A unit prefix is a specifier or mnemonic that is prepended to units of measurement to indicate multiples or fractions of the units. Units of various sizes are commonly formed by the use of such prefixes. The prefixes of the metric system, such as kilo and milli, represent multiplication by powers of ten. In information technology it is common to use binary prefixes, which are based on powers of two. Historically, many prefixes have been used or proposed by various sources, but only a narrow set has been recognised by standards organisations.
Prefix  Symbol  Factor  Power 

tera  T  1000000000000  10^{12} 
giga  G  1000000000  10^{9} 
mega  M  1000000  10^{6} 
kilo  k  1000  10^{3} 
hecto  h  100  10^{2} 
deca  da  10  10^{1} 
(none)  (none)  1  10^{0} 
deci  d  0.1  10^{−1} 
centi  c  0.01  10^{−2} 
milli  m  0.001  10^{−3} 
micro  μ  0.000001  10^{−6} 
nano  n  0.000000001  10^{−9} 
pico  p  0.000000000001  10^{−12} 
The prefixes of the metric system precede a basic unit of measure to indicate a decadic multiple and fraction of a unit. Each prefix has a unique symbol that is prepended to the unit symbol. Some of the prefixes date back to the introduction of the metric system in the 1790s, but new prefixes have been added, and some have been revised. The International Bureau of Weights and Measures has standardised twenty metric prefixes in resolutions dating from 1960 to 1991 for use with the International System of Units (SI).^{[1]} In addition to those listed in the "everyday use" table, the SI includes standardised prefixes for 10^{15} (peta), 10^{18} (exa), 10^{21} (zetta) and 10^{24} (yotta), and for 10^{−15} (femto), 10^{−18} (atto), 10^{−21} (zepto), and 10^{−24} (yocto).
Although formerly in use, the SI disallows combining prefixes; the *microkilogram or *centimillimetre, for example, are not permitted. Prefixes corresponding to powers of one thousand are usually preferred, however, units such as the hectopascal, hectare, decibel, centimetre, and centilitre, are commonly used. The unit prefixes are always considered to be part of the unit, so that, e.g., in exponentiation, 1 km^{2} means one square kilometre, not one thousand square metres, and 1 cm^{3} means one cubic centimetre, not one hundredth of a cubic metre.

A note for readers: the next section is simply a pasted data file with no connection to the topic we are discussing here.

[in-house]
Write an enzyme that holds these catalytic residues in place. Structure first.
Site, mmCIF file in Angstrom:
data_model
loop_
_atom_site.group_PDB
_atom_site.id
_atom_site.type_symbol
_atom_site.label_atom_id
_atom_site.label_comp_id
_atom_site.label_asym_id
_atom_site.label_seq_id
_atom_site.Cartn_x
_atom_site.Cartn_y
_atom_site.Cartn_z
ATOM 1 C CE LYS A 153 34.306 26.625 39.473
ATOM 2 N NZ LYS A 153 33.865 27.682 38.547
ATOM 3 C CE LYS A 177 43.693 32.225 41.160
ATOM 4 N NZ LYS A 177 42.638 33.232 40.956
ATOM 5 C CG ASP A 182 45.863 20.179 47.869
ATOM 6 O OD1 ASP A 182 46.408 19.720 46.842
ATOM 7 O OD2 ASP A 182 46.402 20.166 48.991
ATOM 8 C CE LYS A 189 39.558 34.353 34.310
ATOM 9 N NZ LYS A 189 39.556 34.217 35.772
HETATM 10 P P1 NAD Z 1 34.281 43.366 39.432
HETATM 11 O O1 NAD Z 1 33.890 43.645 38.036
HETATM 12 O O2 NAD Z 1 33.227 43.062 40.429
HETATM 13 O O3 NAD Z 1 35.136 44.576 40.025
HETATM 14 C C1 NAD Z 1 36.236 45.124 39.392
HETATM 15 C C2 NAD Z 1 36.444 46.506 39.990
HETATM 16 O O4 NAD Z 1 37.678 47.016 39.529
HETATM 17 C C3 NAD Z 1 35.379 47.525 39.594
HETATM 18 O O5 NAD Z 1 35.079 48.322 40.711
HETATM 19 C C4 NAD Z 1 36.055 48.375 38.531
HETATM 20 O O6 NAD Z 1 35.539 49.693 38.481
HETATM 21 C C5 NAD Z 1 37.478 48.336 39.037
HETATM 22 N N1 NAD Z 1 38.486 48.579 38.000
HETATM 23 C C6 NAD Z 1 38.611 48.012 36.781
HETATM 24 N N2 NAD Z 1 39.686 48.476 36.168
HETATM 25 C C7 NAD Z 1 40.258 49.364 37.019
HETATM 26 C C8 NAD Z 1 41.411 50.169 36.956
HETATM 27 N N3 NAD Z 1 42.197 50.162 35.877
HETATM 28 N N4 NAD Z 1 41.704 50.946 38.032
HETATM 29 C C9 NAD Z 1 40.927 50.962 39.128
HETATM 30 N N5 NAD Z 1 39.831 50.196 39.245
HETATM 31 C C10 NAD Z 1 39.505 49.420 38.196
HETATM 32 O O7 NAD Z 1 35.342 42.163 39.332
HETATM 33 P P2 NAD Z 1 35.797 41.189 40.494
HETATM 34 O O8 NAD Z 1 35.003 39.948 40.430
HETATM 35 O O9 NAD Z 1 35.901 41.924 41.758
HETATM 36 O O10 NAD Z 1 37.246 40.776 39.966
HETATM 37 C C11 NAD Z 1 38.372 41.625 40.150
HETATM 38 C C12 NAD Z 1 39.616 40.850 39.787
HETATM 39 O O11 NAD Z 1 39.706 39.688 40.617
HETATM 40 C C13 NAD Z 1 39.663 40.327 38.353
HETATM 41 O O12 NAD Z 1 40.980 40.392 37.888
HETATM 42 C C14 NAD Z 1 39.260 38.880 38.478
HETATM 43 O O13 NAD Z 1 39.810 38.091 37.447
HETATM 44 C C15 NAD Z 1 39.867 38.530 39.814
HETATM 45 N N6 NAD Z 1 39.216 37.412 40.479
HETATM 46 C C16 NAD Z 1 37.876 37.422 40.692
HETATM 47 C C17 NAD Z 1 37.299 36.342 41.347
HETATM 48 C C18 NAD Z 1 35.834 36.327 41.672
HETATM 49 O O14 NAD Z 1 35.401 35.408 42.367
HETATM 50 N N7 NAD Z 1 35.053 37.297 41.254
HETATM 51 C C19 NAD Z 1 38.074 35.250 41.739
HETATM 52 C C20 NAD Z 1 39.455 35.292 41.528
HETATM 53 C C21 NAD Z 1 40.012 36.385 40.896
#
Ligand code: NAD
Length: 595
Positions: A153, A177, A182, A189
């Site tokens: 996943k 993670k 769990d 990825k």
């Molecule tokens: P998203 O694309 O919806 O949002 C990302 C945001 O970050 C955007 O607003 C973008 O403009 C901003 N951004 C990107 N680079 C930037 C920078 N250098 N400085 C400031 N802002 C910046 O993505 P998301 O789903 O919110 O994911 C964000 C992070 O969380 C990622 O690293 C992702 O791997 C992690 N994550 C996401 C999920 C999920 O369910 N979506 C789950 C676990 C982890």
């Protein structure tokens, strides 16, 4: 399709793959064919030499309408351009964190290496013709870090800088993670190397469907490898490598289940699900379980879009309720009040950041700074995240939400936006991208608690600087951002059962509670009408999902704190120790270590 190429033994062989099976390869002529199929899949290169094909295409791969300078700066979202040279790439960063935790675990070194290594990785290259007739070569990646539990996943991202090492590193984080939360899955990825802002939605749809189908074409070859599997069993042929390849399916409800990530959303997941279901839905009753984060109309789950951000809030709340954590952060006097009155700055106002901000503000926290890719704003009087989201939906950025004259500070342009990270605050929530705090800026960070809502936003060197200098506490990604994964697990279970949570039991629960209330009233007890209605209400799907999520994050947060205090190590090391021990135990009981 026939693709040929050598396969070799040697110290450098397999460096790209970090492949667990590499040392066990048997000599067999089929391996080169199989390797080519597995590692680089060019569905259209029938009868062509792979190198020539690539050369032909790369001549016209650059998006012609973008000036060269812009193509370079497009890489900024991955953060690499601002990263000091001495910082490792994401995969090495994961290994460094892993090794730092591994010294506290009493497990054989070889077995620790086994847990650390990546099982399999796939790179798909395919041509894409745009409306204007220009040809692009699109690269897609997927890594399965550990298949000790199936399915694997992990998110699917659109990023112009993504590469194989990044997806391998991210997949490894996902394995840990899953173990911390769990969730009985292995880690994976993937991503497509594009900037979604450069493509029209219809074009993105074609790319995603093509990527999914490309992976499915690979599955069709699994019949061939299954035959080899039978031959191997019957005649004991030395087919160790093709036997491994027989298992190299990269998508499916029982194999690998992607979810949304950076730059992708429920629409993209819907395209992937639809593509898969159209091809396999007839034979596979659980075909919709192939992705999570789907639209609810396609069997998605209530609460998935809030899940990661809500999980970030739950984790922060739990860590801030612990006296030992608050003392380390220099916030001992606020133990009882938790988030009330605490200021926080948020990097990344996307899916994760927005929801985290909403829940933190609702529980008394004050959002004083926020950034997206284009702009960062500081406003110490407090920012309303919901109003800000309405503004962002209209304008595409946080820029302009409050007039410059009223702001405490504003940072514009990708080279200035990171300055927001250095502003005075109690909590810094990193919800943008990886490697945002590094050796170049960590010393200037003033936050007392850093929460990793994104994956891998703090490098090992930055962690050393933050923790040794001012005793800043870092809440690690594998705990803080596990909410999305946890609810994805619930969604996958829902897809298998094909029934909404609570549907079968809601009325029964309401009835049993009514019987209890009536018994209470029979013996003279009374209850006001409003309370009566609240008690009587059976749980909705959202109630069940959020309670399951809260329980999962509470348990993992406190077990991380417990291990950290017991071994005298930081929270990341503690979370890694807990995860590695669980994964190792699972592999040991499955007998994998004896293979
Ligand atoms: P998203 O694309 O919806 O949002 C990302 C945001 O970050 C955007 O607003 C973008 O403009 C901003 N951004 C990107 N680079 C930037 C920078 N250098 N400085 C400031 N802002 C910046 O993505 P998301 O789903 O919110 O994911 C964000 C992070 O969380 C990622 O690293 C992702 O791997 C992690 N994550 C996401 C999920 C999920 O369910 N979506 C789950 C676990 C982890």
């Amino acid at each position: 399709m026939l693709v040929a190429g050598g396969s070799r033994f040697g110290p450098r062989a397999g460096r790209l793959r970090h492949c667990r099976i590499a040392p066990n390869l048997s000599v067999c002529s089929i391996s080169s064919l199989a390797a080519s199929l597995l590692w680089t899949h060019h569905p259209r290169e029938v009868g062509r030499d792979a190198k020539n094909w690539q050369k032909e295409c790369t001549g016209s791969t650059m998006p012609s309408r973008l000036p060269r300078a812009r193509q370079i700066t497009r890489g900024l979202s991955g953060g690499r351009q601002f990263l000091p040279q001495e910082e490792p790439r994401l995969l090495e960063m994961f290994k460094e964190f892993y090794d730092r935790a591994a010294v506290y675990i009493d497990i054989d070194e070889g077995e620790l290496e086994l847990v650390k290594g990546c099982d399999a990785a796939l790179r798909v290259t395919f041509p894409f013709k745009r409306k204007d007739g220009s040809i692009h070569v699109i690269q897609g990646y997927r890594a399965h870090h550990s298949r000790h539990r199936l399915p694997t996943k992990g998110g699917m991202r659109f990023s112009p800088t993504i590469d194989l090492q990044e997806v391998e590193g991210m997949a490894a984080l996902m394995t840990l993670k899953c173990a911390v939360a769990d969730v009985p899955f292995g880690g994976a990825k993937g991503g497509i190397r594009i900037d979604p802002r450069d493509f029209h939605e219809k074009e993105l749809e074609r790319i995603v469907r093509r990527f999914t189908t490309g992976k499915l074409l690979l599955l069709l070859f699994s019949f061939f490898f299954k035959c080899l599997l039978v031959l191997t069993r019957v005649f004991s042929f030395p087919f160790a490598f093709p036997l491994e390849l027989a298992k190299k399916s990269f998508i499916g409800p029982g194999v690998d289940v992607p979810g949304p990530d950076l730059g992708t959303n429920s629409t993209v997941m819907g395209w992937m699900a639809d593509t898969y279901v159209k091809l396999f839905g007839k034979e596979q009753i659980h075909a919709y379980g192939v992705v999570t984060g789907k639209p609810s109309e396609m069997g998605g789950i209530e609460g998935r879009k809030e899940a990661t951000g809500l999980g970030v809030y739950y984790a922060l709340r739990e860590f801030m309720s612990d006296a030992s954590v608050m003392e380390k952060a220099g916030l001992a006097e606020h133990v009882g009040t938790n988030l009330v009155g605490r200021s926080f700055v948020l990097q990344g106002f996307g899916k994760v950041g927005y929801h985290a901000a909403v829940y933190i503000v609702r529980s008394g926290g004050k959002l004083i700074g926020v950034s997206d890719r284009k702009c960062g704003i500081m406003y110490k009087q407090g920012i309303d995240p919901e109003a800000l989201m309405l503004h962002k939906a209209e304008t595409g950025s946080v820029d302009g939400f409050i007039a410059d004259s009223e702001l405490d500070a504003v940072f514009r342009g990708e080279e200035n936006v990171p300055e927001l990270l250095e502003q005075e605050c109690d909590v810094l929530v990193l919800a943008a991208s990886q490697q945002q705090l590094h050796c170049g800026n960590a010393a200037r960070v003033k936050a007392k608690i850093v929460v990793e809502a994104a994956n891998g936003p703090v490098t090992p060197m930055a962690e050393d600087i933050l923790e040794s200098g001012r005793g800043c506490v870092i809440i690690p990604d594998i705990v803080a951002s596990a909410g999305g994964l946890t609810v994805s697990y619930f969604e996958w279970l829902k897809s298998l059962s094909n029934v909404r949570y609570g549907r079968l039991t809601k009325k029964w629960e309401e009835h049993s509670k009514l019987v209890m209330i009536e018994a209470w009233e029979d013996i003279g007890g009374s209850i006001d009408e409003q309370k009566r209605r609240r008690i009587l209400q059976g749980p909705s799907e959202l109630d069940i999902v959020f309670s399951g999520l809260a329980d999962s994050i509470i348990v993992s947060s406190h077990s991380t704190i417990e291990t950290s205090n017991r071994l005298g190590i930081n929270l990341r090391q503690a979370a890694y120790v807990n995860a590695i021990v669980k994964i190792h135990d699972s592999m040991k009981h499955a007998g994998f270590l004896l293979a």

In general, prefixes are used with any metric unit, but may also be used with nonmetric units. Some combinations, however, are more common than others. The choice of prefixes for a given unit has often arisen by convenience of use and historical developments. Unit prefixes that are much larger or smaller than encountered in practice are seldom used, albeit valid combinations. In most contexts only a few, the most common, combinations are established. For example, prefixes for multiples greater than one thousand are rarely applied to the gram or metre.
Some prefixes used in older versions of the metric system are no longer used. The prefixes myria,^{[2]}^{[3]}^{[4]} (from the Greek μύριοι, mýrioi), double and demi, denoting factors of 10000, 2 and 1⁄2 respectively,^{[5]} were parts of the original metric system adopted in France in 1795, but they were not retained when the SI prefixes were agreed internationally by the 11th CGPM conference in 1960. The prefix "myrio" was an alternative spelling variant for "myria", as proposed by Thomas Young. ^{[3]}^{[4]}^{[6]}^{[7]}

 
A binary prefix indicates multiplication by a power of two. The tenth power of 2 (2^{10}) has the value 1024, which is close to 1000. This has prompted the use of the metric prefixes kilo, mega, and giga to also denote the powers of 1024 which is common in information technology with the unit of digital information, the byte.
Units of information are not covered in the International System of Units. Computer professionals have historically used the same spelling, pronunciation and symbols for the binary series in the description of computer memory, although the symbol for kilo is often capitalised. For example, in citations of main memory or RAM capacity, kilobyte, megabyte and gigabyte customarily mean 1024 (2^{10}), 1048576 (2^{20}) and 1073741824 (2^{30}) bytes respectively.